He became wealthy when he signed as a free agent with the Cardinals after beginning his career with the Baltimore Ravens. His wife was a dentist, so they were never destitute.
Judy and I both taught after leaving Blackburn. She supported me on her teacher’s salary for a year and a half until I graduated in 1969. She took home maybe $6,500 per year, but that was princely to us in the late 1960s.
Brown had a fortune but a miserable life when he quit football to buy his large farm when he was told by God to do so. Judy and I were poor when we bought 80 acres of poor land because I wanted to do that. Judy was pregnant with Dawn at the time, and we both wanted a nest.
For me it was the American Dream come true. The house was tiny–a kitchen with a bathroom (shower only) off that kitchen, a living room, and a bedroom. It also had a porch, which Judy’s dad and I converted into a mud room on the left hand side and a nursery on the right with material bought from Landers Lumber and/or McDonough Supply. (Dean couldn’t believe we were in the middle of nowhere with a supply store the nearest place to shop–I think that made the place more acceptable to him.)
I built a white picket fence so the girls (Jenni arrived 20 months after Dawn) would have a safe space to play even if one of the farm critters turned too frisky–we had a pair of sows that were protective of their small piglets when/if the girls tried to catch them. We also had a female dog, Buttons, who would climb onto the cistern cover and then jump into their play area to protect them when they were out. The property also had a barn and a farrowing house when we bought it; the property line began at the end of a lane (built over a strip of land granted to the property owner for access) which meant we always knew when visitors were coming.
The first year a neighbor rented the 20 acres or so that were tillable; I planted seedling Scotch Pine Christmas trees on a south facing hillside as a cash crop to be. (At the time Indiana County, PA, claimed the title of Christmas Tree Capital of the World, and I knew the business because I’d begun planting and shearing (shaping) Christmas trees on Saturdays and in the summers when I was 12). My uncle, Judy’s dad, and Mary Alice’s dad all had patches of trees and no knowledge of a minimum age for those they hired–a willingness to work quickly, to keep up with the crew, were the only requirements.
By the second year on our farm, I’d bought a WD-45 Allis Chalmers off a used car lot in Vandalia; it came with a three bottom plow, and I replied to a classified ad in The Hillsboro Journal to find a two row corn planter in a pasture on Seven Sisters Road, so I began to farm.
Brown said he was called to farm by God. He also had financial planners who weren’t working in his best interests, so he lost his fortune before he was aware his planners weren’t fiduciary. He prayed and prayed, and by God’s grace was able to keep the farm. The trip from wealth to poverty was jarring.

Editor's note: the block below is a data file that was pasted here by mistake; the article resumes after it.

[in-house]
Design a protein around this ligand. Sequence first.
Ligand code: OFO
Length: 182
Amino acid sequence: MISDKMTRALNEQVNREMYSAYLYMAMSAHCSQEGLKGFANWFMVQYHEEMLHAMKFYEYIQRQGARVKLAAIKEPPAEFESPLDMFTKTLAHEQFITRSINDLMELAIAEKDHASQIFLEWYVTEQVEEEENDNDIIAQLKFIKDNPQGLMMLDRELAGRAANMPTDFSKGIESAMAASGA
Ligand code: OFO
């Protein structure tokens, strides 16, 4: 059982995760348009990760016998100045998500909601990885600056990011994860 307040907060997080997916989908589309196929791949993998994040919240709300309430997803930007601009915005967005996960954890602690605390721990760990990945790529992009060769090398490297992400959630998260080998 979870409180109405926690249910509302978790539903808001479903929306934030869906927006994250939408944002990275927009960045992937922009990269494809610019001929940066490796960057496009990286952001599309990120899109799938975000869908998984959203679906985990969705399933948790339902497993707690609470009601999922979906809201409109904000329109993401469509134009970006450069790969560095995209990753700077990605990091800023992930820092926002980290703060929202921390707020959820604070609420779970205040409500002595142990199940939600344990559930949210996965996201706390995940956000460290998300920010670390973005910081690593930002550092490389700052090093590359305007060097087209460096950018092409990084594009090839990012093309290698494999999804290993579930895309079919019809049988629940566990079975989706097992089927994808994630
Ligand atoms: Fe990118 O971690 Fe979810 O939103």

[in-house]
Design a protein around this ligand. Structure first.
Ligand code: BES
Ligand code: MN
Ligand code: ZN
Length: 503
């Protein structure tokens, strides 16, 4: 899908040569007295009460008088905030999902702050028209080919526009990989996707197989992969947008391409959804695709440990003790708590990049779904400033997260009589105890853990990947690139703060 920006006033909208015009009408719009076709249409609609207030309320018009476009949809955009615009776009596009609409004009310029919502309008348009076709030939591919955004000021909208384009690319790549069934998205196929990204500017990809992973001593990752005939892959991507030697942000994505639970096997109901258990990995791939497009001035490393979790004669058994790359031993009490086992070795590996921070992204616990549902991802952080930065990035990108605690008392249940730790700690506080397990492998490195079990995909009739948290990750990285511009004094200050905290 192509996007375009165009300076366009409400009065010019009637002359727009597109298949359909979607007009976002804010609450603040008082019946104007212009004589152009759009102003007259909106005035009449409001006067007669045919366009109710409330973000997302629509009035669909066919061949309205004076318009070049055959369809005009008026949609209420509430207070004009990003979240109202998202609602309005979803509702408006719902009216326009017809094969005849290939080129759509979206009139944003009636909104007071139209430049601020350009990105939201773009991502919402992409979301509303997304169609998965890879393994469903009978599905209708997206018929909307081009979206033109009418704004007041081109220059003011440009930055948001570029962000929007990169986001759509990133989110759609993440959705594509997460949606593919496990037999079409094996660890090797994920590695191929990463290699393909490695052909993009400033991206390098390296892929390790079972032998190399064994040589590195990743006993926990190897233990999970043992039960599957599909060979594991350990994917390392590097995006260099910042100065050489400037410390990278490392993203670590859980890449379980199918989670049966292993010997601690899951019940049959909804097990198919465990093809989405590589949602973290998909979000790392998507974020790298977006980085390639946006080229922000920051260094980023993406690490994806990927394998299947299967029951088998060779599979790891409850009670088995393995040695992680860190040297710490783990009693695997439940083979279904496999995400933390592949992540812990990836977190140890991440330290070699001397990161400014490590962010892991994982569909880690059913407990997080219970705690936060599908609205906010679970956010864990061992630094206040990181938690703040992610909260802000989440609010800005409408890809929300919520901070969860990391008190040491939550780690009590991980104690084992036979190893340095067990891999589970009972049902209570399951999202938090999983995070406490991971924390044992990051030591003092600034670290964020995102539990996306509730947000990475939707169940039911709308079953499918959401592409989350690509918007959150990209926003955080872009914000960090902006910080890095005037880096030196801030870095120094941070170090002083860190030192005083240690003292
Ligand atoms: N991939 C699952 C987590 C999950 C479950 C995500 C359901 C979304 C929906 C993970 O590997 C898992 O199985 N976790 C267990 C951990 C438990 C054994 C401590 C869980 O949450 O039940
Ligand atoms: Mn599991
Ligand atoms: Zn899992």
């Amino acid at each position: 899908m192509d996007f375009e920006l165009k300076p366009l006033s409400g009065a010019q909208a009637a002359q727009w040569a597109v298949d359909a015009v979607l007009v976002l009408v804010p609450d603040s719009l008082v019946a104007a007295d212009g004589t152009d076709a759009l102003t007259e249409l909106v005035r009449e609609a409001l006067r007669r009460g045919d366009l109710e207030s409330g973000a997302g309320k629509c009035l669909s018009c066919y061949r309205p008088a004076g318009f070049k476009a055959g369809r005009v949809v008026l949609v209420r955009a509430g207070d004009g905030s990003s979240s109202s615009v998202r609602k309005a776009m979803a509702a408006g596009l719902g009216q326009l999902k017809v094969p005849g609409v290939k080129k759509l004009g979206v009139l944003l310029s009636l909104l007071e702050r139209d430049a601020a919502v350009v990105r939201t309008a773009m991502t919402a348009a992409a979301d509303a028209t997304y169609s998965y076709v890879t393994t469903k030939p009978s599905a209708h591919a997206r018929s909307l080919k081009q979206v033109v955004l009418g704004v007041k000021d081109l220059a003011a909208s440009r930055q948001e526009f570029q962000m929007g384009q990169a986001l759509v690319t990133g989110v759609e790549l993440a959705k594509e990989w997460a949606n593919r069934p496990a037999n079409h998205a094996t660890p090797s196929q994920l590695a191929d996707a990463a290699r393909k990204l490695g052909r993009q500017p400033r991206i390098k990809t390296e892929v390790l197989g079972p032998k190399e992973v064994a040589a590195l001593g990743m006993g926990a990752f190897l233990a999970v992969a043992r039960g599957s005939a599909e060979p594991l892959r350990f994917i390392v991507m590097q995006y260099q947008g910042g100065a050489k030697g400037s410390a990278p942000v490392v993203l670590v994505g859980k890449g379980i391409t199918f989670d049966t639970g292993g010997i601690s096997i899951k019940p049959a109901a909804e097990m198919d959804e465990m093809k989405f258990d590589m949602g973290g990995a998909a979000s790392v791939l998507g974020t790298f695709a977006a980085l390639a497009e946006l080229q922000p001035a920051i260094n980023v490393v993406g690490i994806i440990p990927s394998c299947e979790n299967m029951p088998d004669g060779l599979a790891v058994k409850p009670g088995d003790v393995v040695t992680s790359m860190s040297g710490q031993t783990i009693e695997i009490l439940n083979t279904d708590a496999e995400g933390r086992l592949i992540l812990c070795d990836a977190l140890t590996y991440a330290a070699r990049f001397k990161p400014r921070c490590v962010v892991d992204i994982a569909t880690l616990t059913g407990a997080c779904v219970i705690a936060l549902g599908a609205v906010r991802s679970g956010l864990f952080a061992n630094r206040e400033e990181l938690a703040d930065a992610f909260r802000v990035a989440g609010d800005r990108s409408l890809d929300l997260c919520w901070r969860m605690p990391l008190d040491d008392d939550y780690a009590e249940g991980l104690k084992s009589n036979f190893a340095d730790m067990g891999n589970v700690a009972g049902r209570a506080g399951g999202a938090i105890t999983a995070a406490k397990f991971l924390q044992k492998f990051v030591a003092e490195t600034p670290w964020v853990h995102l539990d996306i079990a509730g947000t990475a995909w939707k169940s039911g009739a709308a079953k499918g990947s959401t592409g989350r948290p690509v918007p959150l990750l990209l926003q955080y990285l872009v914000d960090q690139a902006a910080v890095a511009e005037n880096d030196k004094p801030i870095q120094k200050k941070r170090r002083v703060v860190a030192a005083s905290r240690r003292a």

Evidently I wasn’t called to farm. I know now I was called to teach and coach. Even though I enjoyed the life style that Rural Route 2, Fillmore, presented me, I wasn’t a good farmer, not even as a hobby. Planting time worked out if I did the work on weekends, but the weather had to be right. Harvest was a disaster because I didn’t have harvesting equipment, and the neighbors who did wanted to harvest their own crops first. I understand that. The few farmers willing to do custom work (there were more than a few when I was a lad) didn’t want to bother with 20 acres on small plots; there wasn’t enough money in it for them. I understand that too.
Dawn was nearing school age, and we were in the Vandalia School District, a long ride for a tot. I was more involved in school activities (football stats., the school newspaper, checking papers) than I ever anticipated, so my time to farm was short. Judy was feeling isolated with two small children, a third on the way, and no driver’s license; and I was insensitive to her fears, assuming all would work out.
At one point I ran out of corn while feeding our two litters of pigs and had no money to buy feed; George Blankenship (father and son) baled me out by selling me a wagon of shelled corn with payment delayed until the hogs were marketed. Then came a problem with our closest neighbor. I could have solved it with a gun, but that would have ended my teaching career even if a jury ruled it justifiable homicide.
Brown prayed about his problems. I didn’t, though I suspect Judy prayed enough for both of us. God did nudge us to change course, though, so we moved to Hillsboro. For a few years I hoped to retire back to the farm, but life changed for the better, especially for Judy and the girls, when we moved to my present house in 1974. I can’t believe it was nearly 50 years ago, and I’m still here.
The kids and grandkids didn’t have to endure long trips to school; they were better off as “townies.” Judy was much better off; she could have friends. I could walk to work and church when I needed to. When land prices soared, we sold our acreage. I felt a pang or two inwardly, but I had other concerns with which to deal. We had moved from poverty to relative security, the reverse of what happened to the Browns.
Perhaps once or twice a year I drive by the farm, but it’s lost its charm for me. I do have ties to the general area, though. Judy and our two premature babies are buried in Green Hill Cemetery, and I’ll join them there when God is finished with me here.
I could have done worse.